“I don’t exactly think that we can change an old mindset because it’s already deeply rooted into everything that their lives were based upon, like our grandparents and ancestors and everything they were based on. They grew up on the fact that women stayed at home, “ Bronov said .

According to the same study, putting women in top positions of businesses and governments would improve the quality of life for 69% of Americans, with 77% of women’s lives improving and 57% of men’s lives improving. 

But apart from this, we need to realize how the break off of these stereotypes actually will benefit society. A Pew Research Center poll found that women valued the qualities of compassion, empathy, cooperation, and civility more than men. They also stood up for their beliefs, resulting in additional political successes. 


According to the same study, putting women in top positions of businesses and governments would improve the quality of life for 69% of Americans, with 77% of women’s lives improving and 57% of men’s lives improving. 


People need to realize that women are making active solutions to combat our political climate’s current issues. Their policies and their presence will help thousands of Americans’ lives.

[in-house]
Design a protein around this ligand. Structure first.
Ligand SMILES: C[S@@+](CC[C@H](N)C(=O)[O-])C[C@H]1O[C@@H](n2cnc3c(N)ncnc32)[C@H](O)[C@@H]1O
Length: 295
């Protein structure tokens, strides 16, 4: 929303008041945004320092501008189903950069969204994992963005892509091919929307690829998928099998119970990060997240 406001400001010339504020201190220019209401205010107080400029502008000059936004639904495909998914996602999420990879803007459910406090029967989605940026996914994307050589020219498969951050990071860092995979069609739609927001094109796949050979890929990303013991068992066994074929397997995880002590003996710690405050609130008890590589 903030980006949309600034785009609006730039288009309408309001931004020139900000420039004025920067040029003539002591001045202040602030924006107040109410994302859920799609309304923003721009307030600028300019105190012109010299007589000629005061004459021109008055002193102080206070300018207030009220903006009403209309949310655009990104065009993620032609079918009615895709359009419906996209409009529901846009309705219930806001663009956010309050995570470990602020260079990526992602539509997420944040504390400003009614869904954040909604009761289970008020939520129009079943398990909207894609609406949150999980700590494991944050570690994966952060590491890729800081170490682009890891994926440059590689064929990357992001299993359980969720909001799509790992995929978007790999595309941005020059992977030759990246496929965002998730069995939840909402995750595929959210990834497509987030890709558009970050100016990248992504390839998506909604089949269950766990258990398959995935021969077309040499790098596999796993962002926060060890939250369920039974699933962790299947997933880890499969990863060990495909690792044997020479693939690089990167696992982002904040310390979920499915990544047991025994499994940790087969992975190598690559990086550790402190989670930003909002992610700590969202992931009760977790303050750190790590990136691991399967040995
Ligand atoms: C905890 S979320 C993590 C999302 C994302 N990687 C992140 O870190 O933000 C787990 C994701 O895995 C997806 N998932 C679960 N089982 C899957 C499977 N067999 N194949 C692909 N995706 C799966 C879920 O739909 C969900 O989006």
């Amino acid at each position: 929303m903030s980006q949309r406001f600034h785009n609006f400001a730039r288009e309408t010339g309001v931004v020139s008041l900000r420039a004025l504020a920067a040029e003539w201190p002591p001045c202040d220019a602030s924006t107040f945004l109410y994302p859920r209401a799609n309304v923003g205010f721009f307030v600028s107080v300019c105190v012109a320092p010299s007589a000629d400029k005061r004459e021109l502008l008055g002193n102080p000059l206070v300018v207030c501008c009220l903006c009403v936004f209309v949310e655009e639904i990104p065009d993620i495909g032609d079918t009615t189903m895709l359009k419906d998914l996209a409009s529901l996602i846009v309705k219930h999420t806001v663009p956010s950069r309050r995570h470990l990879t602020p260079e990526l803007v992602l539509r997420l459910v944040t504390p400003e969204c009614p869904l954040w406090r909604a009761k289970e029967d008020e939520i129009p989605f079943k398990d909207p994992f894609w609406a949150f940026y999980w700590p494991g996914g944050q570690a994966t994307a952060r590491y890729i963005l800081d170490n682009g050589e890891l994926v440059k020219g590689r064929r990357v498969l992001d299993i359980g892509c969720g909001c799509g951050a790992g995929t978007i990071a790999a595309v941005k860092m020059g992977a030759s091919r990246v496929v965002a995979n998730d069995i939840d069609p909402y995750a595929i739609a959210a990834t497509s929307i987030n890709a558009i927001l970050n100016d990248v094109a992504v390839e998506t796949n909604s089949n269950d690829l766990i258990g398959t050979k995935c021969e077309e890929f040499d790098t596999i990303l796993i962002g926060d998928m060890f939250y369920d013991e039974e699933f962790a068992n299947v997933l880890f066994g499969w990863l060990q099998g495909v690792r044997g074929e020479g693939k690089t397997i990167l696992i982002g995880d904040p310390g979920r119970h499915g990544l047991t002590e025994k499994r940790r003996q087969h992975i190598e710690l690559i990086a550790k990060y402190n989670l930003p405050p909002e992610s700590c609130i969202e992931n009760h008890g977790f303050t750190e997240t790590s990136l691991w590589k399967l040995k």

An example of this is of the bills passed by Judy Chu, the United States Representative for California’s 27th congressional district. For example, she is “an original cosponsor of the Protecting the Right to Organize (PRO) Act, a comprehensive bill to protect workers’ rights to join unions and collectively bargain.”


However, women also have to take reality into consideration. Although women’s voices have been much more recognized recently, they are still going to be deliberately misinterpreted by their peers. 


“It’s as if when a man reacts, a woman equally overreacts,” Bronov states Bronov. 


The overarching impacts that female politicians have made affect the everyday lives of regular women. Female politicians take into consideration the immediate actions, which results in fixing first-hand issues.


“First, women spend more time and effort communicating with their constituents than men,” , said Amy Steigerwalt and Jeffrey Lazarus, political science professors at Georgia State University. “Second, women deliver more government spending to their districts than male representatives do.” 


This approach does not only benefit society in terms of politics, but it also gives a voice to women and inspires younger girls. It’s a matter of how and when we can achieve more women in politics. We will always seek progress towards more female leaders in politics, however, we won’t ever get to that point until opportunities are actually provided to women. Therefore, we need to start acknowledging and recognizing women’s accomplishments and giving the opportunities they deserve.  


While society’s stigma of gender inequality will never fully disappear and equal representation will be hard to achieve, we must narrow the gap so the generations after us do not have to endure a system that does not represent them. Women’s presence in politics has already been proven to help Americans, especially those who are not currently represented in society and will continue to be a driving factor that will improve the country’s quality of life. What we need to do, to take the next steps in saying, is to start a revolution where women are equally represented in politics and society.